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Impact of Charter School Attendance on Student Achievement in Michigan




Proponents of school reform have argued that charter schools and vouchers can provide adequate market pressure to improve the performance of traditional public schools. While the number of charter schools and student enrollment have burgeoned, relatively little attention has been paid to their effects on student achievement. Proponents of charter schools suggest a direct effect on student achievement through the restructuring of teaching and learning processes and an indirect effect through peer effects on learning and through the market forces of competition. Of course, competitive pressures may result in higher achievement in traditional public schools as well. This paper focuses on student achievement in charter schools in Michigan. The analyses presented in the paper suggest that students attending charter schools in Michigan are not reaching the same levels of achievement as students in traditional public schools in the same districts. In order to analyze the effectiveness of charter schools relative to their traditional public school counterparts, we examine the difference in student outcomes, as measured by the Michigan Educational Assessment Program (MEAP). The State makes available the MEAP results each year along with limited demographic data that are self-reported by students when they take the tests. We rely mainly on this data set together with additional building- and district- level data that are supplied by local districts and made available on the Michigan Department of Education's (MDE's) website. Five years of MEAP scores from 1996/97 through 200/01 for individual fourth and fifth grade students are analyzed. By pairing charter schools with their "host" (meaning geographically co-located) districts, we attempt to create the local "market" for educational services in which both the charter schools and the public school districts compete. Several models of the difference between test score levels of students attending charter schools versus those from traditional public schools are estimated. In virtually all specifications, each of which controls for student, building, and district characteristics, students attending charter schools have lower test scores than students in traditional public schools. The magnitudes of the results vary by grade, year, and subject matter, but are generally on the order of 3 10 percent. We argue that our estimates of the negative differentials may be biased toward zero because we have not controlled for selection bias.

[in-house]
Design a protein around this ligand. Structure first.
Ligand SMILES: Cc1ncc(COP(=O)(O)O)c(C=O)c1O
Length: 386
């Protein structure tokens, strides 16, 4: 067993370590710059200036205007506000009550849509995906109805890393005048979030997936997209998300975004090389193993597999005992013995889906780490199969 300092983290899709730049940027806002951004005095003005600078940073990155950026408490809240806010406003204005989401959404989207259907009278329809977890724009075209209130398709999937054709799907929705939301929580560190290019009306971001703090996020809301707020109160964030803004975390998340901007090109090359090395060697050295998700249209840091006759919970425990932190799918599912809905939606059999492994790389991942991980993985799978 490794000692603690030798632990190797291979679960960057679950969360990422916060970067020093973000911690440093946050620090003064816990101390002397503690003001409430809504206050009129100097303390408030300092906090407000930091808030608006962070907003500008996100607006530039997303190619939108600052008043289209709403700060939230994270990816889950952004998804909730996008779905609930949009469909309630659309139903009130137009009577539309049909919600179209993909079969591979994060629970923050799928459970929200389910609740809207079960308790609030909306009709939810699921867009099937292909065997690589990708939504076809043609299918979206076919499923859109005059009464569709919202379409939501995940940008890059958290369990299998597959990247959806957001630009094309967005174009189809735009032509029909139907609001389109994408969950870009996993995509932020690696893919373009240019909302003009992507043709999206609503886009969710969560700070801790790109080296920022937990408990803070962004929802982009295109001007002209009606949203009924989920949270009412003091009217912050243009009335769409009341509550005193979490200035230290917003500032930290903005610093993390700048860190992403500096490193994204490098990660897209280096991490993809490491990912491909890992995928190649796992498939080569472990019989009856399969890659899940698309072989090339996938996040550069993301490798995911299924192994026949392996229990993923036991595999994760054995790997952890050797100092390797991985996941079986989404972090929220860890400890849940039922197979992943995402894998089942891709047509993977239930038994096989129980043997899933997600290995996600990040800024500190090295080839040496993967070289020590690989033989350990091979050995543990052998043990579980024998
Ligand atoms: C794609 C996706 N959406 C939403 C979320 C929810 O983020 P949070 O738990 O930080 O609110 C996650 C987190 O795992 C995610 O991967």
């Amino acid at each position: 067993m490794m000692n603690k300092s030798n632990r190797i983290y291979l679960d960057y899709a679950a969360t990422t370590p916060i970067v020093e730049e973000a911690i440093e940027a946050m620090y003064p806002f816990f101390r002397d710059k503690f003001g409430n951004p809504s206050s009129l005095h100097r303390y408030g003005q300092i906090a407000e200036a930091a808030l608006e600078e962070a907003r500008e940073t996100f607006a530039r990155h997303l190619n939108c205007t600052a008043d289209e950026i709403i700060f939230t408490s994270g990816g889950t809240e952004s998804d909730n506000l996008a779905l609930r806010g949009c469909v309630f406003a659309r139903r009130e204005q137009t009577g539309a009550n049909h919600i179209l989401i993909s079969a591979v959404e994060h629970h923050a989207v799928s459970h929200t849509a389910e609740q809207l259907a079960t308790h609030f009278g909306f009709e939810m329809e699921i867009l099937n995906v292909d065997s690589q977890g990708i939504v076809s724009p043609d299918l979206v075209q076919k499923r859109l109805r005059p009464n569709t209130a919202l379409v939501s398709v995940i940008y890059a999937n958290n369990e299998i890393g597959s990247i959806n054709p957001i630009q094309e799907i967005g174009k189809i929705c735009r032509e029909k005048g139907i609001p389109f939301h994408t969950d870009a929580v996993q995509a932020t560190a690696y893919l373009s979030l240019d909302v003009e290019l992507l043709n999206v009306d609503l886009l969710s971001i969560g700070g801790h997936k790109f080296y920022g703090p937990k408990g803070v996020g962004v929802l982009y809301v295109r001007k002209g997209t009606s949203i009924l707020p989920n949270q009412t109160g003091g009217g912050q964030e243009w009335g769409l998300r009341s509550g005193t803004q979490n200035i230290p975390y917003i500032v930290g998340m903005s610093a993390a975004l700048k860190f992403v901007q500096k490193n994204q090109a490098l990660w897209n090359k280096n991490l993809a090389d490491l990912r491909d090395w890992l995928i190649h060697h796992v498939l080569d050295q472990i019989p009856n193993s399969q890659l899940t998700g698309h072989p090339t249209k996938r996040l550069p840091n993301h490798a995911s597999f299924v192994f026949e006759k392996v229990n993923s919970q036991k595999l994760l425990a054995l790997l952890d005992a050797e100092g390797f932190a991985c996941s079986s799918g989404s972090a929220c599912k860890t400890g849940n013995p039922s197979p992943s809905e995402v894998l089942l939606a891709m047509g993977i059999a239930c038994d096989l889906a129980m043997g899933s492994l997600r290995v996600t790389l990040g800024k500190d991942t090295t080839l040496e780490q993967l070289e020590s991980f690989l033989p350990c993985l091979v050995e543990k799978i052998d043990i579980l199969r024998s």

Suggested Citation

  • Randall W. Eberts & Kevin Hollenbeck, 2002. "Impact of Charter School Attendance on Student Achievement in Michigan," Upjohn Working Papers and Journal Articles 02-80, W.E. Upjohn Institute for Employment Research.
  • Handle: RePEc:upj:weupjo:02-80

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    References listed on IDEAS

    1. Randall W. Eberts & Kevin Hollenbeck, 2001. "An Examination of Student Achievement in Michigan Charter Schools," Upjohn Working Papers and Journal Articles 01-68, W.E. Upjohn Institute for Employment Research.
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    Cited by:

    1. Atila Abdulkadiroğlu & Joshua D. Angrist & Susan M. Dynarski & Thomas J. Kane & Parag A. Pathak, 2011. "Accountability and Flexibility in Public Schools: Evidence from Boston's Charters And Pilots," The Quarterly Journal of Economics, Oxford University Press, vol. 126(2), pages 699-748.
    2. Martin, Stephanie M., 2010. "The determinants of school district salary incentives: An empirical analysis of, where and why," Economics of Education Review, Elsevier, vol. 29(6), pages 1143-1153, December.
    3. Booker, Kevin & Gilpatric, Scott M. & Gronberg, Timothy & Jansen, Dennis, 2008. "The effect of charter schools on traditional public school students in Texas: Are children who stay behind left behind?," Journal of Urban Economics, Elsevier, vol. 64(1), pages 123-145, July.
    4. Bettinger, Eric P., 2005. "The effect of charter schools on charter students and public schools," Economics of Education Review, Elsevier, vol. 24(2), pages 133-147, April.
    5. David R. Garcia & Lee McIlroy & Rebecca T. Barber, 2008. "Starting Behind: A Comparative Analysis of the Academic Standing of Students Entering Charter Schools," Social Science Quarterly, Southwestern Social Science Association, vol. 89(1), pages 199-216.
    6. Kaoru Nabeshima, 2003. "Raising the quality of secondary education in East Asia," Policy Research Working Paper Series 3140, The World Bank.
    7. Brian Gill & P. Mike Timpane & Karen E. Ross & Dominic J. Brewer & Kevin Booker, "undated". "Rhetoric Versus Reality: What We Know and What We Need to Know About Vouchers and Charter Schools," Mathematica Policy Research Reports 89d65ce14efd402a9de58cf93, Mathematica Policy Research.
    8. Booker, Kevin & Gilpatric, Scott M. & Gronberg, Timothy & Jansen, Dennis, 2007. "The impact of charter school attendance on student performance," Journal of Public Economics, Elsevier, vol. 91(5-6), pages 849-876, June.
    9. repec:mpr:mprres:5572 is not listed on IDEAS

    More about this item


    charter; schools; Michigan; achievement; Hollenbeck; Eberts; Upjohn;

    JEL classification:

    • I21 - Health, Education, and Welfare - - Education - - - Analysis of Education
    • I28 - Health, Education, and Welfare - - Education - - - Government Policy


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